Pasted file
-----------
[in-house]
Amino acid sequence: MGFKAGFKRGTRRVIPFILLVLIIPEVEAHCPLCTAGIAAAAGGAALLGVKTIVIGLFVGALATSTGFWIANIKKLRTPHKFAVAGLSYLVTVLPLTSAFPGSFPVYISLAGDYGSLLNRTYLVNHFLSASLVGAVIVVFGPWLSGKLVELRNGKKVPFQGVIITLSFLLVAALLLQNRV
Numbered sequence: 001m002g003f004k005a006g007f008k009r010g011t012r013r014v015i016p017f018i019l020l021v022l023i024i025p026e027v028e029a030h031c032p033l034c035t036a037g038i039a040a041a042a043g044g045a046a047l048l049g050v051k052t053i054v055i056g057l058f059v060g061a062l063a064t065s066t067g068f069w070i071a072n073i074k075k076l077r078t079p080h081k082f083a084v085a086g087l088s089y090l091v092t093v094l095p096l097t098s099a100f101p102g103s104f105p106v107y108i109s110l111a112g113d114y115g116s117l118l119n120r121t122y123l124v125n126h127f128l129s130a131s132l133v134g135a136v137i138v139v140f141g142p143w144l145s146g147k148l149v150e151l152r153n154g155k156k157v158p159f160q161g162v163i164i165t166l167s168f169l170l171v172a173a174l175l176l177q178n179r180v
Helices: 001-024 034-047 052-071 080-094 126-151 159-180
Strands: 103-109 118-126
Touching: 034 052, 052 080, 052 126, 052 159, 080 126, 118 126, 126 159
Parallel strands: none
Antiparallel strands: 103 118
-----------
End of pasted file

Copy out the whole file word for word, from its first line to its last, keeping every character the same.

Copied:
[in-house]
Amino acid sequence: MGFKAGFKRGTRRVIPFILLVLIIPEVEAHCPLCTAGIAAAAGGAALLGVKTIVIGLFVGALATSTGFWIANIKKLRTPHKFAVAGLSYLVTVLPLTSAFPGSFPVYISLAGDYGSLLNRTYLVNHFLSASLVGAVIVVFGPWLSGKLVELRNGKKVPFQGVIITLSFLLVAALLLQNRV
Numbered sequence: 001m002g003f004k005a006g007f008k009r010g011t012r013r014v015i016p017f018i019l020l021v022l023i024i025p026e027v028e029a030h031c032p033l034c035t036a037g038i039a040a041a042a043g044g045a046a047l048l049g050v051k052t053i054v055i056g057l058f059v060g061a062l063a064t065s066t067g068f069w070i071a072n073i074k075k076l077r078t079p080h081k082f083a084v085a086g087l088s089y090l091v092t093v094l095p096l097t098s099a100f101p102g103s104f105p106v107y108i109s110l111a112g113d114y115g116s117l118l119n120r121t122y123l124v125n126h127f128l129s130a131s132l133v134g135a136v137i138v139v140f141g142p143w144l145s146g147k148l149v150e151l152r153n154g155k156k157v158p159f160q161g162v163i164i165t166l167s168f169l170l171v172a173a174l175l176l177q178n179r180v
Helices: 001-024 034-047 052-071 080-094 126-151 159-180
Strands: 103-109 118-126
Touching: 034 052, 052 080, 052 126, 052 159, 080 126, 118 126, 126 159
Parallel strands: none
Antiparallel strands: 103 118